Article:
April 22, 2016
When Papadellis first arrived at Ocean Spray, prices had hit rock bottom because of a massive surplus of cranberries on the market. It was nearly impossible for a farmer to turn a profit, and hatchet men from Bain & Company and Merrill Lynch had advised company brass to trim the fat and dump the brand while it was still worth selling. Papadellis had a different vision. He set out to bring the juice giant back from the brink, and by 2005 had discovered a company-saving cash cow: Craisins, those addictive little treats that are a whole lot like raisins—sweet enough to soothe a tyrannical toddler’s afternoon tantrum yet packed with enough fiber to kick-start a senior citizen’s GI tract. With boundless consumer appeal, the shriveled hulls of cranberries reduced the industry-wide glut of fruit and blossomed nearly overnight into a bite-size blockbuster that resurrected the cranberry business. ... In reality, though, Craisins were both a savior and a scourge: They hoisted profits, but the more Ocean Spray produced, the more cranberry-juice concentrate it was left holding. As a result, when Craisins sales skyrocketed, millions of gallons of viscous, bitter concentrate flooded Ocean Spray’s storage freezers. With bottled-cranberry-juice sales remaining stagnant, Papadellis worried that this excess of concentrate would soon drown the farmers, saturate the market, and send everyone back to the poorhouse. ... Two harvests after his speech at Disney, the price for a 100-pound barrel of cranberries on the open market plunged from $70 to $18. Since then, the market has continued to flounder, and today much of the cranberry industry is still sputtering in a glut of concentrate while growers increasingly face bankruptcy.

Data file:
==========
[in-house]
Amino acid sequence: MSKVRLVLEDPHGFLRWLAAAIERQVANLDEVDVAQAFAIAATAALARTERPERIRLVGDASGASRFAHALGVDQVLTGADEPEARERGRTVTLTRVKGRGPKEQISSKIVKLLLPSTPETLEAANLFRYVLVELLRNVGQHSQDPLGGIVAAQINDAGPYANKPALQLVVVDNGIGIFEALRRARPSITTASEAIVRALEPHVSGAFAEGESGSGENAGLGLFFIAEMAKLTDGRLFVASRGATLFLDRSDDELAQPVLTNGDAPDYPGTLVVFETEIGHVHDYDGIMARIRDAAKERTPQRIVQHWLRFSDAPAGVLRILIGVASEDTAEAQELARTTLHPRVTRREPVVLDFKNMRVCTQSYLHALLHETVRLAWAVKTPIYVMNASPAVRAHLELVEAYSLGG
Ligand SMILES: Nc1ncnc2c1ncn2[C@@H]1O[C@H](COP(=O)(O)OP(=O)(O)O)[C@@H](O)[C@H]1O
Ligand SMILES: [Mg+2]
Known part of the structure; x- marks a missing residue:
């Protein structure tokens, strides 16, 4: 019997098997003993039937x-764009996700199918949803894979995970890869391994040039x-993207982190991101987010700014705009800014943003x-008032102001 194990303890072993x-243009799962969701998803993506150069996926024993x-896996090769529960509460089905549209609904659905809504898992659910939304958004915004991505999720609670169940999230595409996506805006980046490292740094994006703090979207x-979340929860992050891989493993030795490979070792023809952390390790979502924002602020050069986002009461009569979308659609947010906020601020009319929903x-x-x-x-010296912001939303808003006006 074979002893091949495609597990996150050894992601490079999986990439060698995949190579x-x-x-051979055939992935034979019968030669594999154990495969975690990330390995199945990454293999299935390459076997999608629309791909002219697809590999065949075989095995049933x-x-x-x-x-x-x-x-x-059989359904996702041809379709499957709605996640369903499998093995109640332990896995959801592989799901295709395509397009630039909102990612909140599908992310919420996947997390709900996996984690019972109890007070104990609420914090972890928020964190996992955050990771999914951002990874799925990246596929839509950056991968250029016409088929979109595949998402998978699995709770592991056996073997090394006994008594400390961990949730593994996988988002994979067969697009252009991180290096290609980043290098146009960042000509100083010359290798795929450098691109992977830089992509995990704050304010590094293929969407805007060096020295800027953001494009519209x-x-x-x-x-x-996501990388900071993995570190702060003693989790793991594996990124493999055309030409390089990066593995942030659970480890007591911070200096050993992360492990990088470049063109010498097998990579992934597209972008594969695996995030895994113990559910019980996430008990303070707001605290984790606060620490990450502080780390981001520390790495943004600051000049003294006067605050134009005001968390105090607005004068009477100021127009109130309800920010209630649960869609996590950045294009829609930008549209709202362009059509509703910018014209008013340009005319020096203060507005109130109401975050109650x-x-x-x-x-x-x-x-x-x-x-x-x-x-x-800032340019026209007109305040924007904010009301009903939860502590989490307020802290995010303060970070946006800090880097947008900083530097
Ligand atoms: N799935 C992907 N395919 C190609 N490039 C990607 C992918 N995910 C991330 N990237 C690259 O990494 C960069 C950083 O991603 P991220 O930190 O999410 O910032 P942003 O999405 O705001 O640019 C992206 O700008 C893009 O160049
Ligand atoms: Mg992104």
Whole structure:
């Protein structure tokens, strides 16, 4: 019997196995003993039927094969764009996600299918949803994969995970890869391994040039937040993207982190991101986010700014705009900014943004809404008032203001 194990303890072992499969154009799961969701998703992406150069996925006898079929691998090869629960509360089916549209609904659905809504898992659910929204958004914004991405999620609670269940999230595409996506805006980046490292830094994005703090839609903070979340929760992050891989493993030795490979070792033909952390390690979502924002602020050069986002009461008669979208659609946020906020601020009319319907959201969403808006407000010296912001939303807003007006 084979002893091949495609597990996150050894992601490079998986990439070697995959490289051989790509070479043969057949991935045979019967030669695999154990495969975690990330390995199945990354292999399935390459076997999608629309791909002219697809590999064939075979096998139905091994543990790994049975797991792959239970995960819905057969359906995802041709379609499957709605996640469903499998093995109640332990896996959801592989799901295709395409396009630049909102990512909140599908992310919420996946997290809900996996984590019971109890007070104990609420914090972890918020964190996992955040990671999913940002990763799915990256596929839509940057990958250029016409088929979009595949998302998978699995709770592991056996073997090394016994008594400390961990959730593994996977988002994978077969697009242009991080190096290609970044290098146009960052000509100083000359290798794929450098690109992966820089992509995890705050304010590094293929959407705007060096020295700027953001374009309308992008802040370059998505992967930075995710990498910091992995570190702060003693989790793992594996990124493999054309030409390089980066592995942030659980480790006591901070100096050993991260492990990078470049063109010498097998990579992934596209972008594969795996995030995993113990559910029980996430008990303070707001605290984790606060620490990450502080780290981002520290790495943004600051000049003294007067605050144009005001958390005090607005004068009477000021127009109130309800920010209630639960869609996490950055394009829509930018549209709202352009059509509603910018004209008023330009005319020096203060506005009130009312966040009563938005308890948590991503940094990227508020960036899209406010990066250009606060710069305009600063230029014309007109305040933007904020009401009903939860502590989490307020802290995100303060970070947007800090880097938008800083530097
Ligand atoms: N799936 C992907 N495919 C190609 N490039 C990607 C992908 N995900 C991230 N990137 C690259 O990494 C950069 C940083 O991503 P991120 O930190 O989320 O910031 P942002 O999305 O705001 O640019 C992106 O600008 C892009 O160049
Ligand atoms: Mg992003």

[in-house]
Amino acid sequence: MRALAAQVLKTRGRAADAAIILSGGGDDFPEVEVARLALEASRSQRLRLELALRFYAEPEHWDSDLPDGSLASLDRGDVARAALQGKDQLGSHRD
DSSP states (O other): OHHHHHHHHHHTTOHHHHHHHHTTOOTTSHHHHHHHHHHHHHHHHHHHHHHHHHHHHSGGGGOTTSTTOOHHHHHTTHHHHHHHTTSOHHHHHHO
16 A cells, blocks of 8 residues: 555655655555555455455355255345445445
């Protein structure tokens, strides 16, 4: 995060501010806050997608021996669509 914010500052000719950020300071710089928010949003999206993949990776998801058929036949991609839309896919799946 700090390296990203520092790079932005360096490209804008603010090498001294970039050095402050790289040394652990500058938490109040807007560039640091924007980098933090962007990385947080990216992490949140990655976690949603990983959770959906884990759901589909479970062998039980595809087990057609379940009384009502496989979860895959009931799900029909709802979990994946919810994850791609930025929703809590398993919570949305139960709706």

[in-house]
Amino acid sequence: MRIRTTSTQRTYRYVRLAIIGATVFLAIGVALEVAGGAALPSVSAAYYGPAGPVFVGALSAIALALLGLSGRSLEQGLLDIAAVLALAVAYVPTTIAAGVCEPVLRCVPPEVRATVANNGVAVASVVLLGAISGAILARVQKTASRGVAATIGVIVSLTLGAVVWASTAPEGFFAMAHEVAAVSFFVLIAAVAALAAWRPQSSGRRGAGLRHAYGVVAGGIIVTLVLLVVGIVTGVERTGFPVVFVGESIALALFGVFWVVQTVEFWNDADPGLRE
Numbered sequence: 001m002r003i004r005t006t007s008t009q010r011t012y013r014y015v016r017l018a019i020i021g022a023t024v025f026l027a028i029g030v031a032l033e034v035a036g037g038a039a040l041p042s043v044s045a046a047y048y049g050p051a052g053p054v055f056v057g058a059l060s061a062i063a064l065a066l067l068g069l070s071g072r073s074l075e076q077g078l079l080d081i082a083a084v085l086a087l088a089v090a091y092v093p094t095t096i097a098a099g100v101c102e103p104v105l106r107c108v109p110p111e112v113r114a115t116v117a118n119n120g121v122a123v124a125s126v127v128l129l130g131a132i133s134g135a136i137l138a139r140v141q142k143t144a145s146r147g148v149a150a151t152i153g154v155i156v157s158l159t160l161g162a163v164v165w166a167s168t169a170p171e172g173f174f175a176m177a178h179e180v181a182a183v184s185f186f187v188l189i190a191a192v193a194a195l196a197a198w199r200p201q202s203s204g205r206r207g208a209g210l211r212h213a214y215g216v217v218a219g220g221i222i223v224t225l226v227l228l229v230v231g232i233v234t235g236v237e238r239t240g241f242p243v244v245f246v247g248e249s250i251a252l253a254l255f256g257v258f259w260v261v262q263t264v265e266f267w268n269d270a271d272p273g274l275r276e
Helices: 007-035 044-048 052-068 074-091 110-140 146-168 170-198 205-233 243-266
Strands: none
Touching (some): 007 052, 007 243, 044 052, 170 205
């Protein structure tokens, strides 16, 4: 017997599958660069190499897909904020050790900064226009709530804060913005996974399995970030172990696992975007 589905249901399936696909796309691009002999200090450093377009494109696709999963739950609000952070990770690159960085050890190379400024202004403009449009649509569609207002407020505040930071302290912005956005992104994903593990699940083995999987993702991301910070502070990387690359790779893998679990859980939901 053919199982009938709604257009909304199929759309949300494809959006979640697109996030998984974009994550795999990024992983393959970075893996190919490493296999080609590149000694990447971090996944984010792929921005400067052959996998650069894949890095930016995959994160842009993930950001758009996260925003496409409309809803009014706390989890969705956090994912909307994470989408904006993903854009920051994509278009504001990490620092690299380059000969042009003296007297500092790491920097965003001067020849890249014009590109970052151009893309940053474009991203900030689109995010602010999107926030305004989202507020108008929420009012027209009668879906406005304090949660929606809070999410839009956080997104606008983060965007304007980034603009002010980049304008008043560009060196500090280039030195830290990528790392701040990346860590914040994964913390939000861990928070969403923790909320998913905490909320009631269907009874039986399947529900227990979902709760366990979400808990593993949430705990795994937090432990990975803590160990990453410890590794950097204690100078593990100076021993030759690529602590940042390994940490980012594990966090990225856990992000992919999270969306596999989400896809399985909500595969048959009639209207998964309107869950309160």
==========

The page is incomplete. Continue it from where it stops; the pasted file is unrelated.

Conventional wisdom says that globalization has stalled. But although the global goods trade has flattened and cross-border capital flows have declined sharply since 2008, globalization is not heading into reverse. Rather, it is entering a new phase defined by soaring flows of data and information. ... Remarkably, digital flows—which were practically nonexistent just 15 years ago—now exert a larger impact on GDP growth than the centuries-old trade in goods ... although this shift makes it possible for companies to reach international markets with less capital-intensive business models, it poses new risks and policy challenges as well. ... The world is more connected than ever, but the nature of its connections has changed in a fundamental way. The amount of cross-border bandwidth that is used has grown 45 times larger since 2005. It is projected to increase by an additional nine times over the next five years as flows of information, searches, communication, video, transactions, and intracompany traffic continue to surge. In addition to transmitting valuable streams of information and ideas in their own right, data flows enable the movement of goods, services, finance, and people. Virtually every type of cross-border transaction now has a digital component.